RETROFITTING Latrobe Valley buildings for energy efficiency is considered “low hanging fruit” in the pursuit of easing the region’s economic challenges.
With the Victorian Energy Efficiency Target scheme to reduce greenhouse gas emissions by 30 tonnes over the next five years passed in Parliament yesterday, the State Government has also announced a plan to increase energy efficient buildings.
Under new Environmental Upgrade Agreements, businesses can borrow money through an approved lender to pay for environmental upgrades such as solar panels, double glazing and energy efficient lighting.
Local councils will then collect the repayments through the rates system and pass them on to the lender.
Latrobe Valley Sustainability Group spokesman Dan Caffrey said the plan would save businesses money and hoped Latrobe City Council would get behind the scheme.
He said the plan was a cost effective way to “nibble at the edges” of decreasing emissions, reducing each premises by a few tonnes of carbon each year.
However, the environmental campaigner and Environment Victoria are also calling for the scheme to include residential housing as an effective way to give a leg-up to low income households.
“To improve social-economic conditions this needs to be extended to private dwellings, who could benefit the most from insulation and energy efficient lighting to bring their power bills down and spend more money in the local economy,” Mr Caffrey said.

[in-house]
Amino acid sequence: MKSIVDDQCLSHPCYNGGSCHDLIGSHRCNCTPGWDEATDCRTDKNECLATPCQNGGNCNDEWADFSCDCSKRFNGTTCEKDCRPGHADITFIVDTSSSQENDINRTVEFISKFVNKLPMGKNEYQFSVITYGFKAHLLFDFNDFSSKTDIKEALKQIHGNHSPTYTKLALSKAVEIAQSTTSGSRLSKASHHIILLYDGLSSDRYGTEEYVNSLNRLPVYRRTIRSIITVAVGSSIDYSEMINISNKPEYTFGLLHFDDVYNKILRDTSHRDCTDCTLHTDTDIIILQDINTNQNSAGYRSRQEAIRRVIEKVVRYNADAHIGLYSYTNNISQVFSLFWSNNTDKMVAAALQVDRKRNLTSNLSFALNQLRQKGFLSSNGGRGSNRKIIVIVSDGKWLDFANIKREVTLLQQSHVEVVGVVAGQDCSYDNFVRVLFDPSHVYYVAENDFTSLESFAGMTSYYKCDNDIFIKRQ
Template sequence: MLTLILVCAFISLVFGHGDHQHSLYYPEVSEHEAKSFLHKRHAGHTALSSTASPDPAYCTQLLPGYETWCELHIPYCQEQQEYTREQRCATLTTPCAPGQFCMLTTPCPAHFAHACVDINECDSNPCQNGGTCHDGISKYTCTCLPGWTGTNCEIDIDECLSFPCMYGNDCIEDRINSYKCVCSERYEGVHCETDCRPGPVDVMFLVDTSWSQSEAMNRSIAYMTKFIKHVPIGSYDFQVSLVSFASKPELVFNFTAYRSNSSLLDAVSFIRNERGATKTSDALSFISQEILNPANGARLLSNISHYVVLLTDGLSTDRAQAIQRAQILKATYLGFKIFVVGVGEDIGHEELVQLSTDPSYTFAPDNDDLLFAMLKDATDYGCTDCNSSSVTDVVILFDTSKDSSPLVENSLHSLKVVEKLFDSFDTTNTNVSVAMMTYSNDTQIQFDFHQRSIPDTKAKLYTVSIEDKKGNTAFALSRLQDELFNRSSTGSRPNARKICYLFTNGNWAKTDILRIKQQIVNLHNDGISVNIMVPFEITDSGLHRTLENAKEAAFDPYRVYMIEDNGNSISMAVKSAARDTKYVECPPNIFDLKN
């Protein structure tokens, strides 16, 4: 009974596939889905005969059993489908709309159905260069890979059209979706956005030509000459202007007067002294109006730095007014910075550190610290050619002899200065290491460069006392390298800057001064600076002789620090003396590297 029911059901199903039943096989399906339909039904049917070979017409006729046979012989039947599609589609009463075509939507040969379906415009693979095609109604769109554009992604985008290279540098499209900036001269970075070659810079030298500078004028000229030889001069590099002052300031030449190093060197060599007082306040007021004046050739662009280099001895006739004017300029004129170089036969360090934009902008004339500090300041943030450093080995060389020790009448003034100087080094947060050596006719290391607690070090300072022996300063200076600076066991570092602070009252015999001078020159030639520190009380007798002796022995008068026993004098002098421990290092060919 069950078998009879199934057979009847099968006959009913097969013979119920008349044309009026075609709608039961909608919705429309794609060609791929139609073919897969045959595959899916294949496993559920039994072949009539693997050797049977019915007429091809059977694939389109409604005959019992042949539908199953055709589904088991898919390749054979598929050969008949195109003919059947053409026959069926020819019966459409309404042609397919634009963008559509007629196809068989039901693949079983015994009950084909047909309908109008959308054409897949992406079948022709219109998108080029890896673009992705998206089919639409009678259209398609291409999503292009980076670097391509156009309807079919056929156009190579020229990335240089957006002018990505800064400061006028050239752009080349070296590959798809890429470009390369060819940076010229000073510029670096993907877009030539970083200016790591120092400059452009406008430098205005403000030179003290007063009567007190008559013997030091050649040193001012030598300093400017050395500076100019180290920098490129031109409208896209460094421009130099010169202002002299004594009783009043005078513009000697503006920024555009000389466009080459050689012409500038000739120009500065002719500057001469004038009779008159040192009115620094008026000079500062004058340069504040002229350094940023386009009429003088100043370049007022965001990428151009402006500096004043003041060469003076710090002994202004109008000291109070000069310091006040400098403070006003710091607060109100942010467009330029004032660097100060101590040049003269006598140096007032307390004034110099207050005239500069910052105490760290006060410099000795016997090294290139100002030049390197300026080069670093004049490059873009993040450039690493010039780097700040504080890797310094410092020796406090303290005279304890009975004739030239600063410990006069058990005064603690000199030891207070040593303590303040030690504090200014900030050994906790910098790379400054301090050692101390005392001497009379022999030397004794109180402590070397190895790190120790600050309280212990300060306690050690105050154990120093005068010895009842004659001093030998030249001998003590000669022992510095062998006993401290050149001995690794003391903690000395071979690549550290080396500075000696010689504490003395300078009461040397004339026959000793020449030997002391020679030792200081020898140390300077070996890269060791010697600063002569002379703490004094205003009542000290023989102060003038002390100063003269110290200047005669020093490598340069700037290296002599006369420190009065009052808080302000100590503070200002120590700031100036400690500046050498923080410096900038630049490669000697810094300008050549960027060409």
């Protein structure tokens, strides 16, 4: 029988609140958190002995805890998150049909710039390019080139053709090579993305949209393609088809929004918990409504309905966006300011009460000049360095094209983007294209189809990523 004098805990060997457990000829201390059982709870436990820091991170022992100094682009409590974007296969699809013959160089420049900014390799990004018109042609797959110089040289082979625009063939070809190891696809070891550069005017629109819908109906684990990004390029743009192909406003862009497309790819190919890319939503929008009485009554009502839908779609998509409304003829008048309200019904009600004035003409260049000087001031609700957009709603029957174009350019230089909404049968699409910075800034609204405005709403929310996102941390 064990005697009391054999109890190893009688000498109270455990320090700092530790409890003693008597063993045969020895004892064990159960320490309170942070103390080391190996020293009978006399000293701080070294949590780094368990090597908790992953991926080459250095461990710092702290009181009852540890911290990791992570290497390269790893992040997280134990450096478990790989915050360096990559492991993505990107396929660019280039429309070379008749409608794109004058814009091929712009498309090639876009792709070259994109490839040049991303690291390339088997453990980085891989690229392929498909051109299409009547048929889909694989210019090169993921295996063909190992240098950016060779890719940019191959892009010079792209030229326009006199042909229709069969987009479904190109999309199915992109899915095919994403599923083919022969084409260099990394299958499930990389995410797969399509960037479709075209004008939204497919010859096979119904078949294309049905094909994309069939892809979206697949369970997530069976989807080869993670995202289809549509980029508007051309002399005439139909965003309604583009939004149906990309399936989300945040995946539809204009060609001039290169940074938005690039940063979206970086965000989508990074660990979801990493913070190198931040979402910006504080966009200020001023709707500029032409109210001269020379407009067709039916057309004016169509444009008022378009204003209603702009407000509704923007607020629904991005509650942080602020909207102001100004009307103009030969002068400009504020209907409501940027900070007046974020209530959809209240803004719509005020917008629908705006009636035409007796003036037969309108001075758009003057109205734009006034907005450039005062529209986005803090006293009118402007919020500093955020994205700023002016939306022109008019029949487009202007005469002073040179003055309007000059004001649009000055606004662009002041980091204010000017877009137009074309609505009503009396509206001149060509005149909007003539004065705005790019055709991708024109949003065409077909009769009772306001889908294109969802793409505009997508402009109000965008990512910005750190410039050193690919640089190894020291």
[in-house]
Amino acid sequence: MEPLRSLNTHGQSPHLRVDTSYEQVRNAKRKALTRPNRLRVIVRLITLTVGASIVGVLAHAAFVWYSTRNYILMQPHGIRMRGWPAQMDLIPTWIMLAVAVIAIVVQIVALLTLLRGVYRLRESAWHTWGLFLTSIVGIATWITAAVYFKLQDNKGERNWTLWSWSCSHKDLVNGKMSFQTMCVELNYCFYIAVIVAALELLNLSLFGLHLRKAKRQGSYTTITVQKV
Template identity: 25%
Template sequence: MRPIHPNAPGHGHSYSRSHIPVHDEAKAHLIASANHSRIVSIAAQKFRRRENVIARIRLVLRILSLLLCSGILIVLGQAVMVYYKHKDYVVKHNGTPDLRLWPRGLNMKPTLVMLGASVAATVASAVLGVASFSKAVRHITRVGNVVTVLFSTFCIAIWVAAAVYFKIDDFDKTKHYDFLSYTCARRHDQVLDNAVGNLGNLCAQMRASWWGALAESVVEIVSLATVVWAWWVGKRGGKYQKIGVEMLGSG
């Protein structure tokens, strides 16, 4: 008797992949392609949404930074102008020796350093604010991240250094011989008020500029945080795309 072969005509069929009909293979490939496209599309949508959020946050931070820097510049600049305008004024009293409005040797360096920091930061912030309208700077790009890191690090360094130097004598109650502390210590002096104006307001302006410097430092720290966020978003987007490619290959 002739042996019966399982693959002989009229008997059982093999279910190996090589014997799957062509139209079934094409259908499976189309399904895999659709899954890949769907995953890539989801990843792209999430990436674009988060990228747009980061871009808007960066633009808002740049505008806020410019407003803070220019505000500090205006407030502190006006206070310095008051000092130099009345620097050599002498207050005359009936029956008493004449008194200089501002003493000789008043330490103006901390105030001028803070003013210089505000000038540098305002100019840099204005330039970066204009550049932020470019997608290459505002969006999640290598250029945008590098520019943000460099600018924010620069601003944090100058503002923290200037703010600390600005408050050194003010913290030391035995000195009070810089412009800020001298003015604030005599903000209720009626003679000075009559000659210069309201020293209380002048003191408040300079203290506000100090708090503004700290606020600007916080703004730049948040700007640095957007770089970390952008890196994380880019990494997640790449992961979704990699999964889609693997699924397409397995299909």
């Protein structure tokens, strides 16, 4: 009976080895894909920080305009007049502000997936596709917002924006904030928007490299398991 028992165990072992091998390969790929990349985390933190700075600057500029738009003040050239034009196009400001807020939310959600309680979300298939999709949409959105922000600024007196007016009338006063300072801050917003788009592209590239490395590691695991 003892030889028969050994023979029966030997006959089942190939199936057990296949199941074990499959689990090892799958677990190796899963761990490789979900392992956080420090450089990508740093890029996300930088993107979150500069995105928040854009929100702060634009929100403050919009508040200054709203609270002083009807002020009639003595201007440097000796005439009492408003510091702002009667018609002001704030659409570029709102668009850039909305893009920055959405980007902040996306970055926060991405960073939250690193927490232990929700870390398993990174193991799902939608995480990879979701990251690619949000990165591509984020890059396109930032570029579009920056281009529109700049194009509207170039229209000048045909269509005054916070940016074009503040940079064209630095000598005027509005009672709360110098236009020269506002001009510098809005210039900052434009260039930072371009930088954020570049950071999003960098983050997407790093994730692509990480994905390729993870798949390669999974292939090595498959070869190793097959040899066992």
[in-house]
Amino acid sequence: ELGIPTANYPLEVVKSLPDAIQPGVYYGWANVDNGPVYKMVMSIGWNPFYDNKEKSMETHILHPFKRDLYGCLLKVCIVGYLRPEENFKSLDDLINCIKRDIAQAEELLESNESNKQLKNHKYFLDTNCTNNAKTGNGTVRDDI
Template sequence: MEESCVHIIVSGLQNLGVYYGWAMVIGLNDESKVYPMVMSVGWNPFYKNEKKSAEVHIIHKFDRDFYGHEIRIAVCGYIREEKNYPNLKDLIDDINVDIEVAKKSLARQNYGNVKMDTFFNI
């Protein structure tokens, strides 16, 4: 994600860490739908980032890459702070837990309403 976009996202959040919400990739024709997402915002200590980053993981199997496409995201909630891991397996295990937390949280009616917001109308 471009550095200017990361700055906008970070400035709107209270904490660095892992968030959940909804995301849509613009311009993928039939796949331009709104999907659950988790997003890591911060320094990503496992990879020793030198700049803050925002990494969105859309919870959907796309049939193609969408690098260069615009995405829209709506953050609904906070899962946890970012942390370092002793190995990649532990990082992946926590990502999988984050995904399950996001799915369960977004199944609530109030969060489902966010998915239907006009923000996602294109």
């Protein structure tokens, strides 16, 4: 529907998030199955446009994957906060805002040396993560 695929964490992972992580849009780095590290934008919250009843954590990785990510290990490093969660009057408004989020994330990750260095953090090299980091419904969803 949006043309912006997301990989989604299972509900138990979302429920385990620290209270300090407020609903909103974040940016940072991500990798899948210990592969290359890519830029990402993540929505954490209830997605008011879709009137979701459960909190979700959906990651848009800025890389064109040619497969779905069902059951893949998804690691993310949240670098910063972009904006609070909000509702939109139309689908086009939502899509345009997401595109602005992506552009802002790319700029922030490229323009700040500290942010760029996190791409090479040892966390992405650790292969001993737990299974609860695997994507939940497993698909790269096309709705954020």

A report by ClimateWorks Australia’s Low Carbon Growth Plan for Gippsland in 2011 said improving the energy efficiency of Gippsland’s existing commercial buildings could save $27.7 million with upfront costs recouped in less than four years for most types of buildings.
Gippsland households could also save $22.9 million each year by retrofitting their homes to improve energy efficiency, building more efficient homes or choosing cars that consume less fuel.
Meanwhile, Environment Victoria this week announced a report offering ‘Six Steps to Efficiency Leadership for Victoria’, noting the Latrobe Valley as a region to benefit from targeted energy efficiency investment.
It said low income and disadvantaged households were missing out on the benefits of efficient homes because they couldn’t afford the upfront costs of efficiency measures or because they rent.
Environment Victoria campaigner Anne Martinelli said there was an overlap of issues as the region considered its reliance on coal and moved towards renewable energy sources.
“Energy efficiency hasn’t been a high priority when there has been an abundance of cheap energy sources, but there is a huge opportunity for cutting waste that not only saves money, makes living more comfortable and significantly impacts cutting emissions,” Ms Martinelli said.
Latrobe City Council was contacted by The Express for comment.